(Photo: Alan Hood)

“Our wives are acting differently,” the men said. “They’re kinder; they respect us more.”

Excited about their burgeoning faith, the women organized a conference for 500 Yazai women from the surrounding communities. Eager to serve their wives, the men volunteered to cook food for the conference, taking off work to butcher four pigs a day to feed the huge group.

“Never before in their culture had the men served the women,” explains Linden. “Having the New Testament in their language has had a huge impact in how they’ve acted toward each other. Now they’ve actually started sending their own missionaries to language groups around them. . . . They’re going to have their own Bible school [next year] to train their own pastors using Yazai Scriptures instead of using . . . the national language, which is difficult for many to understand."

Abandoned But Not Forgotten

While Kinsha sees openness to Bible translation work in villages where Christians are the majority, it’s more complicated to reach villages where Buddhism is dominant. For a Buddhist person to become a Christian, there are great consequences. It means they often have to leave their friends and family, and move to a Christian village.

As part of a funeral procession, a group of monks grasp a cotton twine called “the string of blessing,” that is attached to a trailing coffin. The string is meant to provide the deceased good luck and protection in the next life.
(Photo: Alan Hood)
We’re doing basic Scripture engagement workshops with pastors to go over how to do Bible studies; how to do family devotions and how to teach from Scripture.

“They won’t let you stay there,” says Linden, explaining that Buddhism, more so than traditional animist religion, is tied up with national identity. “Their culture is organized around the temple . . . there is a huge social price to pay for Buddhist groups in general to become believers.”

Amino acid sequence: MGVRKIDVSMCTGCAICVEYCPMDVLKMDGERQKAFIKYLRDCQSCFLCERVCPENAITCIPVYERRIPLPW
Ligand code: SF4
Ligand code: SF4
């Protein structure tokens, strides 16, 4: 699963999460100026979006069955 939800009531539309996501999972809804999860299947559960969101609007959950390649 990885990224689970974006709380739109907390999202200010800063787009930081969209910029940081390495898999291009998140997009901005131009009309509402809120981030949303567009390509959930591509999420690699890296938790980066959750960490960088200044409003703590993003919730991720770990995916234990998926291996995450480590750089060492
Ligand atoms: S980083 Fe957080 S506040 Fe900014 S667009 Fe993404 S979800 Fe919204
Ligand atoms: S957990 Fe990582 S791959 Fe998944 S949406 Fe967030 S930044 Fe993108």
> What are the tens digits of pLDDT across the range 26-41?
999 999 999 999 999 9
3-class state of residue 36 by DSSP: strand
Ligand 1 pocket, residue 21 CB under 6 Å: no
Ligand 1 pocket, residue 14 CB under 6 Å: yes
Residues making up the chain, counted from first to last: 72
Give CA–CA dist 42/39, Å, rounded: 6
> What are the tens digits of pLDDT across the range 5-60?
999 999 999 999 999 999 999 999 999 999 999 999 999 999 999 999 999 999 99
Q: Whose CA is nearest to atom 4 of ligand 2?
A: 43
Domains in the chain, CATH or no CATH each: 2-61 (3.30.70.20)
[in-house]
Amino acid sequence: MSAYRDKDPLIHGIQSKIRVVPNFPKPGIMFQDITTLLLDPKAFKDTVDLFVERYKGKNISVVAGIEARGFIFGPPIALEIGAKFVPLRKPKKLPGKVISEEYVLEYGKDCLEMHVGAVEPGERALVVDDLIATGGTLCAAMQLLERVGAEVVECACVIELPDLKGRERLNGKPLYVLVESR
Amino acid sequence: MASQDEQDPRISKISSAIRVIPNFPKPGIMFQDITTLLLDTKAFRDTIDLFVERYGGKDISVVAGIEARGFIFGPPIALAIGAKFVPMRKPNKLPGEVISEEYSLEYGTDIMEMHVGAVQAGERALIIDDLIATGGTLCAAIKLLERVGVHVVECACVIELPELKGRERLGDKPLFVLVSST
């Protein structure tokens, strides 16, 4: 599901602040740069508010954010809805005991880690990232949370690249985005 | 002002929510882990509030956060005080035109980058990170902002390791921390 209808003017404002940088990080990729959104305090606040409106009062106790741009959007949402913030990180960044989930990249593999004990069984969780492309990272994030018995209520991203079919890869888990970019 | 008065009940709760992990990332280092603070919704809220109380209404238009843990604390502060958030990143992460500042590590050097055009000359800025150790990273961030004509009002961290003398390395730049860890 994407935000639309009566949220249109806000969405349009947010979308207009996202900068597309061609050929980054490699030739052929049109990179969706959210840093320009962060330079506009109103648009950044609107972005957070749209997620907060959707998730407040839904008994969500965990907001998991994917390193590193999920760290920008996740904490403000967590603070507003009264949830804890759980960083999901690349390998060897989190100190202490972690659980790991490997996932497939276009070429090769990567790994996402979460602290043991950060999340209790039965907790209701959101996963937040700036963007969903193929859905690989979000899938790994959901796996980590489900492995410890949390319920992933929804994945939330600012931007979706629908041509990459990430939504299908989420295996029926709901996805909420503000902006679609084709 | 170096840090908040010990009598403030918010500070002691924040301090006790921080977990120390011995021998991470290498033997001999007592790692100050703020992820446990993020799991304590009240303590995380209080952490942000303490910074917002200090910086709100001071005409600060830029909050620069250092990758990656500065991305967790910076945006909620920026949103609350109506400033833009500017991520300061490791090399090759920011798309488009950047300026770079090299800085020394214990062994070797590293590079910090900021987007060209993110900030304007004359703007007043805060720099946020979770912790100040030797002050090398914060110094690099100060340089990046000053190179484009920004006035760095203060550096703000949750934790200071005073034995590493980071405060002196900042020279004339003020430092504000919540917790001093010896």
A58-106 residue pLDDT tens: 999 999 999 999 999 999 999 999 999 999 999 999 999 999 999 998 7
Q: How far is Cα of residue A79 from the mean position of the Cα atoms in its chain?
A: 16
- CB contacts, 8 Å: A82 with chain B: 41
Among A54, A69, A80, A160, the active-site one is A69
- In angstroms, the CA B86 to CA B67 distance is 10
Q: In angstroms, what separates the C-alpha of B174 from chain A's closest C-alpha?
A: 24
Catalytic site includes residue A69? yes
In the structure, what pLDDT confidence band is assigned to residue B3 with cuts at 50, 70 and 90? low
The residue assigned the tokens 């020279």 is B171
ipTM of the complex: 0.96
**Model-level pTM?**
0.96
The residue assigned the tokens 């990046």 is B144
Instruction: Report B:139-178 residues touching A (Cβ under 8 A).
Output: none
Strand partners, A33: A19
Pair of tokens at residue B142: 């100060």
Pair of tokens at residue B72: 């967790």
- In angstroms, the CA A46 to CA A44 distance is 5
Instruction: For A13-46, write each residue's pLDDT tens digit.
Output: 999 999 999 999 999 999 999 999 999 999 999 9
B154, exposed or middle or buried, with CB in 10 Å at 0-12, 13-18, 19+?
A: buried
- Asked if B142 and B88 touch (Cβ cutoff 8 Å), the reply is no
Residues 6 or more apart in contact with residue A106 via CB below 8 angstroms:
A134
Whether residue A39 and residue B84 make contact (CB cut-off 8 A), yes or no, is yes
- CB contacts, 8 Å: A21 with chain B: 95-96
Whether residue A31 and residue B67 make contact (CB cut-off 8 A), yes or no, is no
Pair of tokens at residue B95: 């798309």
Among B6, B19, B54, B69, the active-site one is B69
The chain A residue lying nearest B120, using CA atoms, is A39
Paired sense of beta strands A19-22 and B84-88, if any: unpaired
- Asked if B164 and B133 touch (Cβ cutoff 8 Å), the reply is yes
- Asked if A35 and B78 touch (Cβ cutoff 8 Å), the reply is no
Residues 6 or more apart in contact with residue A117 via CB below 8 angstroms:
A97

For this reason, many Buddhists only turn to Christ when they experience profoundly the love and power of God from Christians. Some of the first Buddhists and animists to become followers of Christ in the Kinsha region in the 1950s were lepers who were cared for by Christians at colonies, when even their families abandoned them. In fact, recently retired Kinsha Bible translator Leon Heka* (see the story "Trials & Tribulations in this edition) met many of these first Christians while spending much of his childhood at leper colonies, where his father, a pastor, ministered.

Linden says many other Buddhists who turn to Christ, do so because they have seen or experienced miraculous healing and freedom from demon possession.

“Buddhists realized the only people who could do anything about this were the Christians,” he says. “The Christians come and cast out the evil spirit, and the person’s okay and the person becomes a believer.” 

Today, many young believers in these communities are the children of these same Christians who experienced the power and love of Christ in a miraculous way a generation ago.

So many people are learning to read and write because of literacy training provided by Kinsha, it doesn’t have the infrastructure to keep count.
(Photo: Alan Hood)

Literacy First

For Kinsha, the other side of the Bible translation coin is literacy and promoting use of translated Scripture. With some language groups having not a single person who can read their language, Linden questions how effective Kinsha’s Bible translation ministry would be without a focus on literacy.